Monthly Archives: March 2019

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Seabins to catch rubbish in Aussie waters

n-designed a Seabin devices are to be installed in Melbourne and Sydney.Floating bins which suck up rubbish from waterways won’t solve the pollution crisis facing the world’s oceans – but they’re a good start.
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Seabin Project co-founder and chief executive Pete Ceglinski admits the floating bins – “a simple idea” – have their critics with some questioning how much of a difference they’ll really make.

But while the n doesn’t pretend they’ll save the oceans he knows they can be part of a coordinated response.

“The solution isn’t Seabins – it’s education, changing our consumer culture and learning how to recycle better,” he told AAP.

Mr Ceglinski, a keen surfer, teamed up with fellow Aussie Andrew Turton in 2015 to create a floating rubbish bin which sucks in water, trapping litter and debris, before pumping the water out again.

The Seabins can be placed in marinas, yacht clubs, docks and “any waterbody with a calm environment”.

The project was launched with a successful crowdfunding campaign and Seabins are now installed in 11 countries overseas.

They’re about to come “home” to with Seabins to be installed in Melbourne and Sydney in early June.

The company is undertaking an “operational trial” with the City of Melbourne and is also partnering with the National Maritime Museum on Sydney Harbour.

A council spokeswoman told AAP “we look forward to exploring the potential of the system to keep our urban waterways clean”.

A museum spokeswoman says it’s committed to working with the company to protect “beautiful oceans” for future generations.

The bins – which double as scientific water monitoring stations – are fixed to floating docks and move up and down with the tide collecting up to 1.5 kilograms of waste every day.

They are purchased by marinas and yacht clubs, for example, who monitor the bins which can hold up to 20kg of debris before being cleaned out.

Seabins are placed in controlled waters where they can be easily monitored.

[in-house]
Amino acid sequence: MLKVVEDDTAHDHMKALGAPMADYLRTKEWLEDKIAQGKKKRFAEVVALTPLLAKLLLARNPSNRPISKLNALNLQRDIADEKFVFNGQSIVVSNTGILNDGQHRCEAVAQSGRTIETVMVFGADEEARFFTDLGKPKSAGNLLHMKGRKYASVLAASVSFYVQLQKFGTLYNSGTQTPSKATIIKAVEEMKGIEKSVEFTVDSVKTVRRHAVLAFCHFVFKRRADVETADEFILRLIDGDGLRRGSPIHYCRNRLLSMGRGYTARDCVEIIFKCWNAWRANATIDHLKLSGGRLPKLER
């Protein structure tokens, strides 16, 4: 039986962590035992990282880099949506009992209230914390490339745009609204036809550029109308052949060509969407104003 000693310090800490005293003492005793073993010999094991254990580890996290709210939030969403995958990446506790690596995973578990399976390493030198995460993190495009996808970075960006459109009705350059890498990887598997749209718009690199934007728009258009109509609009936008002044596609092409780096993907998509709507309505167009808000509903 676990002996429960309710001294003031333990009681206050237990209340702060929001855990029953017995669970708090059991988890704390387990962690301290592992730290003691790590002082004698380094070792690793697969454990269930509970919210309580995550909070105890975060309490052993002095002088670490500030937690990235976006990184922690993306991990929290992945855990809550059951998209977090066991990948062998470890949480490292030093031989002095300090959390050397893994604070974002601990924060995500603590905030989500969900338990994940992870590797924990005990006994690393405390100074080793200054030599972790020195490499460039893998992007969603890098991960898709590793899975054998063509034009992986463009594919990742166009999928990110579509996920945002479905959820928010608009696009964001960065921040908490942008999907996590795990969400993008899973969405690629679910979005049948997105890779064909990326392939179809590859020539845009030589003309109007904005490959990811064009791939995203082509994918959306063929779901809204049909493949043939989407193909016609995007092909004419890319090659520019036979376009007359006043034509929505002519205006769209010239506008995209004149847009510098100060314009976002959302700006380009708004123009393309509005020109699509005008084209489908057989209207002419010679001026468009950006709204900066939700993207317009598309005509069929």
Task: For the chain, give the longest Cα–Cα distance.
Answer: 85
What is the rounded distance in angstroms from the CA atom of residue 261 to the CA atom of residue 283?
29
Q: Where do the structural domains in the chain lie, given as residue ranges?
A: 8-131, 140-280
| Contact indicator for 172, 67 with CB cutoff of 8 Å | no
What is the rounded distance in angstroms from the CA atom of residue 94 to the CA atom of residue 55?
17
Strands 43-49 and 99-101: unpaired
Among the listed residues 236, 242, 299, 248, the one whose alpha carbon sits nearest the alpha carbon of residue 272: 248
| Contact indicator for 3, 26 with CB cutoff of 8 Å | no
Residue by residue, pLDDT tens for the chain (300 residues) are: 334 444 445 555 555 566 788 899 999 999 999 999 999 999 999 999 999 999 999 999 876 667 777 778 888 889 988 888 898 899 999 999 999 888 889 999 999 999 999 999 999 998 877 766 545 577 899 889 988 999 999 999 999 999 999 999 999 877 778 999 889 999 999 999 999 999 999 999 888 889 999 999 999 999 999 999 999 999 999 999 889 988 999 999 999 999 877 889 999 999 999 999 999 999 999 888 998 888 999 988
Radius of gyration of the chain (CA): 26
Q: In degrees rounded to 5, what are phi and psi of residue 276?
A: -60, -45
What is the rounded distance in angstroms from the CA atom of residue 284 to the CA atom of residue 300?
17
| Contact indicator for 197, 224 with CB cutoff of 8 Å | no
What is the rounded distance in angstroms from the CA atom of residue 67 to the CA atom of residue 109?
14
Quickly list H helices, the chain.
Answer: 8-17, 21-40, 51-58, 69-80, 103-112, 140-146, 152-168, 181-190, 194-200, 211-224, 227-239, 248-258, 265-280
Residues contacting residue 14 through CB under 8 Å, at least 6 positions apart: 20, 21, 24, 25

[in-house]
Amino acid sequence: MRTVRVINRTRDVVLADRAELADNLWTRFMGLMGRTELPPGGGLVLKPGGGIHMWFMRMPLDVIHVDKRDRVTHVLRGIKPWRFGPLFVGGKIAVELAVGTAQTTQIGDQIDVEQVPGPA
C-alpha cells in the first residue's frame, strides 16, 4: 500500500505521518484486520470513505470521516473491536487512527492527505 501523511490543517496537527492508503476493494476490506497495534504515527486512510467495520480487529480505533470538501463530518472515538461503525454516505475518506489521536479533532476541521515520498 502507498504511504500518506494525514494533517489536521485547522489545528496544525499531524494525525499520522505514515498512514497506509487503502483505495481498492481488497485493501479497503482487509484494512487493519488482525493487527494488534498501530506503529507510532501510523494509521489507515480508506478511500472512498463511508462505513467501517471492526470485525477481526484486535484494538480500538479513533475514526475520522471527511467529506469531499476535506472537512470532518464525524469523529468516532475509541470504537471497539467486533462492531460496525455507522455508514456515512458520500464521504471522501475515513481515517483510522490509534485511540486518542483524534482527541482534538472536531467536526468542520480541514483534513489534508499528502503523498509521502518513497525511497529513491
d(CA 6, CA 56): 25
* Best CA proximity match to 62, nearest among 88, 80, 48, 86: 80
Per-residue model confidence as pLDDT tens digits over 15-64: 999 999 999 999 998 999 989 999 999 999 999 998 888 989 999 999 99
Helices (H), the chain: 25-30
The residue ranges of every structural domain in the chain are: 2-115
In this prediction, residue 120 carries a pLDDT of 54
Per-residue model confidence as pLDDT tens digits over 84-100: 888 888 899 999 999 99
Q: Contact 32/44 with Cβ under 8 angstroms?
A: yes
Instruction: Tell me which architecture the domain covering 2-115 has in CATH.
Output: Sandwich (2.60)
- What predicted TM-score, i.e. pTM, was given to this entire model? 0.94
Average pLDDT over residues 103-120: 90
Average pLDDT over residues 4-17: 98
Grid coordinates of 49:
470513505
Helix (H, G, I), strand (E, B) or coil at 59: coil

“We start upstream, close to the source of the litter,” Mr Ceglinski says.

“We figure if we can catch the litter close to the city and stop it from entering the ocean that’s a start.”

In , they’ll be launched as part of Seabin Project’s “share program”, which sees environmental groups collect the rubbish and process the data.

The groups will count how many cigarette butts, plastic bags and other products are captured and then advocate for more responsible waste management practices.

“We’ll be able to learn what the real state of our waterways is,” Mr Ceglinski said.

“That’s the way we’re going to fix the ocean plastics crisis.”

Most entrepreneurs want to see their product eventually used all over the world.

But Mr Ceglinski wants the opposite – a world where Seabins are redundant because rubbish isn’t entering waterways in the first place.

American environmental activist Bill McKibben says the bins sound promising but aren’t enough on their own.

“With the scale of pollution you’d need a billion bins,” he told AAP.

“By 2050 there will be more plastic in the ocean than the weight of (all) fish.”

Paris attacker was on radicalism database

The man behind a deadly knife attack in central Paris was born in Chechnya and had been on police radar for radicalism, and his parents have been detained for questioning, French authorities say.
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Counterterrorism investigators are working to determine whether the man who stabbed five people in a busy neighbourhood in the heart of the French capital Saturday night had any help. The attacker killed a 29-year-old man and wounded four others before being shot by police.

Witnesses reported hearing the man shouting Allahu akbar, the Arabic phrase for God is great, during the attack. The Islamic State group claimed the attacker was one of its fighters, but provided no evidence or details about his identity.